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Child labour: Crackers that light up your Diwali
DIMAPUR/CHENNAI, Oct 31 (NPN/IANS):
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Published on 1 Nov. 2010 12:56 AM IST
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As many prepare to light up a sparkler to celebrate Diwali the coming week, spare a thought for the around 40,000 children employed in the hazardous firecrackers industry in Sivakasi, Tamil Nadu, for whom the festival simply translates into more forced work. There are over 60 million child labourers in India.
Sivakasi, about 650 km south of Chennai, is India’s fireworks capital. It employs over 100,000 people - mostly women and children. Child labour, therefore, is rampant in this place.
Take the example of 15-year-old Ponnusamy, one of the several children working in a firecracker manufacturing unit there. He dropped out of school in Class 6 and has been working for the past five years. Asked why and how he got into this work, the shy Ponnusamy mumbled: “I do what my parents ask me.”
Ponnusamy has a back-breaking nine-hour schedule every day - filling tubes, cutting, drying, packing and other preparatory tasks.
His daily wage for the long hours is just Rs.60 - which is 40 percent of the minimum wage entitled for adults for the same work.
Accidents in the firecrackers factories are fairly common. And even though the local employers’ union claims there is no child labour, casualties in accidents tell a different story. In July last year, an accident in a licensed unit, V.B.M. Fireworks, left three children dead. In August this year, eight revenue and police officials were killed while inspecting an unlicensed unit.
According to Child Rights and You (CRY), one of the several NGOs trying to stop child labour in the firecrackers industry, there are about 550 licensed units and 500 unlicensed units. In addition, there are some 3,989 factories making matches.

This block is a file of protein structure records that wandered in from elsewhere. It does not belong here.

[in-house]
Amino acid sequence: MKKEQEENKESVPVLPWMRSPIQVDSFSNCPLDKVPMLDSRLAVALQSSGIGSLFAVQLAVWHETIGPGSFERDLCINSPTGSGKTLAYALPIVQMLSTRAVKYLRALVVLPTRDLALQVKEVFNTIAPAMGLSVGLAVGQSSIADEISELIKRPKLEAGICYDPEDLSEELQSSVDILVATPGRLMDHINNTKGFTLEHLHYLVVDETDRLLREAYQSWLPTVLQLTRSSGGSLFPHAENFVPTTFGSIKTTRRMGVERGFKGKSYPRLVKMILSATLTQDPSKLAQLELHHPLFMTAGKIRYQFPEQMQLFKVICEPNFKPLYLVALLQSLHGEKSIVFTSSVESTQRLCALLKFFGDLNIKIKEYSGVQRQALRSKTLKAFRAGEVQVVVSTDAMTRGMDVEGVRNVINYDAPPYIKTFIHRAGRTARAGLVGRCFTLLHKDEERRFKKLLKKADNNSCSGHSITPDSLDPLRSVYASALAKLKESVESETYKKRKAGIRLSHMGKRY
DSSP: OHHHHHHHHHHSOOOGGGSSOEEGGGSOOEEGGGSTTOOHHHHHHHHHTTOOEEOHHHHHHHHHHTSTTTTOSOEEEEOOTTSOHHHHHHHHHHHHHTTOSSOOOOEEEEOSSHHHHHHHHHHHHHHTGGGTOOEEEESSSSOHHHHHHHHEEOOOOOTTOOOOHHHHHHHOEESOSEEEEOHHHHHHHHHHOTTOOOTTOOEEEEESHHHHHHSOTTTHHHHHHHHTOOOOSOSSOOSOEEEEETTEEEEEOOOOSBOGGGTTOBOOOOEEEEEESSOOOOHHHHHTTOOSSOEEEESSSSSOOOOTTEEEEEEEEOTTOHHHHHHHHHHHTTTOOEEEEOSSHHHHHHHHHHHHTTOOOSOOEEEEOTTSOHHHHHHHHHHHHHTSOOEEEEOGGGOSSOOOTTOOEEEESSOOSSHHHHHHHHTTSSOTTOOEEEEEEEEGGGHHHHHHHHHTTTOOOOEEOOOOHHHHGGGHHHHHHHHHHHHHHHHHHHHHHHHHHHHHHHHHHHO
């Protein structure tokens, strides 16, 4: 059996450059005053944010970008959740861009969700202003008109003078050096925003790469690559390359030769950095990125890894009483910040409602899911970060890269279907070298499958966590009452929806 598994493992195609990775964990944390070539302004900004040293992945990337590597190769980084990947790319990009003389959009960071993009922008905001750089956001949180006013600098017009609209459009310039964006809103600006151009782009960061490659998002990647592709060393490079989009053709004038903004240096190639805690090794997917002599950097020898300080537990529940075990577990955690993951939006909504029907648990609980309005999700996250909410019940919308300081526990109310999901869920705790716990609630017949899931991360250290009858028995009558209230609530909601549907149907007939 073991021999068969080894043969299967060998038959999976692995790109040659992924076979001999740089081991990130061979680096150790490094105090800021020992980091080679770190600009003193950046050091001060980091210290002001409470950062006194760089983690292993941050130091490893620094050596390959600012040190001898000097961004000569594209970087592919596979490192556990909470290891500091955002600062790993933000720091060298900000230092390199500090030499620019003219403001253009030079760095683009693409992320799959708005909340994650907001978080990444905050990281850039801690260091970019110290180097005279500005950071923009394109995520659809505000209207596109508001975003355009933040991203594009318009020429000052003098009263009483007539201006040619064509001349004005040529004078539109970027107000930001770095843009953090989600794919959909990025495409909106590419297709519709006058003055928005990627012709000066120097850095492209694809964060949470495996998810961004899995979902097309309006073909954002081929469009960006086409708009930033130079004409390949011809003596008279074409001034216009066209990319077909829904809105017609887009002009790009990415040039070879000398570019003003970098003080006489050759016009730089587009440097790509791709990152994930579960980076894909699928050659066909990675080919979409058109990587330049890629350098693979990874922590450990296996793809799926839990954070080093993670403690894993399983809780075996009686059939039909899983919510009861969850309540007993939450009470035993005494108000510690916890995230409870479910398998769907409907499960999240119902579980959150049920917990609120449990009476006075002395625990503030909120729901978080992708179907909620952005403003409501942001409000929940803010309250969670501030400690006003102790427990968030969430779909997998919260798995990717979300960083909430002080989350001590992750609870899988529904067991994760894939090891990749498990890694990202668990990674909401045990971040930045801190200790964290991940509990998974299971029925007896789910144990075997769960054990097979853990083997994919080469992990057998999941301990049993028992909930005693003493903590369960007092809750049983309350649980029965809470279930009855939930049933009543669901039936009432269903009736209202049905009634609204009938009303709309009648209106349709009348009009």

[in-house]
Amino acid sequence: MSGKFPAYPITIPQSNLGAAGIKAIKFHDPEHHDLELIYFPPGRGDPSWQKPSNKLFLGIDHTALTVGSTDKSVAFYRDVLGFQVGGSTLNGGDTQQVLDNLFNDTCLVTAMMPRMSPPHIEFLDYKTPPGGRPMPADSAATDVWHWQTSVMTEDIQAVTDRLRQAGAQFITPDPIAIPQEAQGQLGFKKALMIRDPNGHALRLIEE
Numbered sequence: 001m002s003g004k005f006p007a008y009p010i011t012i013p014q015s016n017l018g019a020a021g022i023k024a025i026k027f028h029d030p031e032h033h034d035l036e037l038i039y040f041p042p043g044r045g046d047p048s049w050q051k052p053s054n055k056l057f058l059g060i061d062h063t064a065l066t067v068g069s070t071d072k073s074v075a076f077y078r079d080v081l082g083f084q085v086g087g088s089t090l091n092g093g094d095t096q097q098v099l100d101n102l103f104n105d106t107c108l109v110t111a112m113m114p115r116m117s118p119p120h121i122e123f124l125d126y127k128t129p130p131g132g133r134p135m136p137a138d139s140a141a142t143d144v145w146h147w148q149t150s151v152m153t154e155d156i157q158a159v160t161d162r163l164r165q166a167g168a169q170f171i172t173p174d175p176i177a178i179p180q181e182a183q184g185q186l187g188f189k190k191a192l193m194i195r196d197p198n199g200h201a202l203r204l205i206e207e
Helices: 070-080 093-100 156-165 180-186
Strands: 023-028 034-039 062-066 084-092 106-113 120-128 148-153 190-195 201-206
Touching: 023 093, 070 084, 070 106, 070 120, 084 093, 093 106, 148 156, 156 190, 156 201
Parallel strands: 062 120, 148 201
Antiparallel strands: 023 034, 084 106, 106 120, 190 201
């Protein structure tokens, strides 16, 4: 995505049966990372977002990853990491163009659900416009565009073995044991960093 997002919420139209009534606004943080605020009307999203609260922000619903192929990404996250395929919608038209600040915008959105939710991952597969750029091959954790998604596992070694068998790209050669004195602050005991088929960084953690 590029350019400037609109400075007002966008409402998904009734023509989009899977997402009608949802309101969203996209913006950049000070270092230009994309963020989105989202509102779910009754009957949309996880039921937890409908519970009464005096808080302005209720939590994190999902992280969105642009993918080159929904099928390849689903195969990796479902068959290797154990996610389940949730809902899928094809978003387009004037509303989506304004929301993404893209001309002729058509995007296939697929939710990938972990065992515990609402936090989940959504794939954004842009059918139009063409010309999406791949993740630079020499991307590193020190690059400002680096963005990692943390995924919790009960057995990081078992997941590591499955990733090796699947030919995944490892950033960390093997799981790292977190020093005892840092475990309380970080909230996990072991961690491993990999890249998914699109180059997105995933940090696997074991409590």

John R of CRY said: “Despite the worldwide outcry, little has been done by the local government to stop child labour in Sivakasi. The outcry has just pushed the issue underground.”
“Licensed units outsource production of firecrackers to unlicensed, home-based units, unmindful of safety regulations and even the Child Labour Prohibition Act,” he added.
The fireworks and matchstick industry in and around Sivakasi is worth Rs.1,000 crore (around $225 million). It maybe mentioned that the ministry of labour and employment has been taking various pro-active measures to tackle this problem. However, considering the enormity and extent of the problem and that it is essentially a socio-economic problem inextricably linked to poverty and illiteracy, it requires concerted efforts from all sections of the society to make a dent in the problem.
Based on the recommendations of Gurupadaswamy Committee, the Child Labour (Prohibition & Regulation) Act was enacted in 1986. The Act prohibits employment of children in certain specified hazardous occupations and processes and regulates the working conditions in others.
In consonance with the above approach, a National Policy on Child Labour was formulated in 1987. The Policy seeks to adopt a gradual & sequential approach with a focus on rehabilitation of children working in hazardous occupations & processes in the first instance. The Action Plan outlined in the Policy for tackling this problem: Legislative Action Plan, Focusing of General Developmental Programmes and Based Plan of Action.

 
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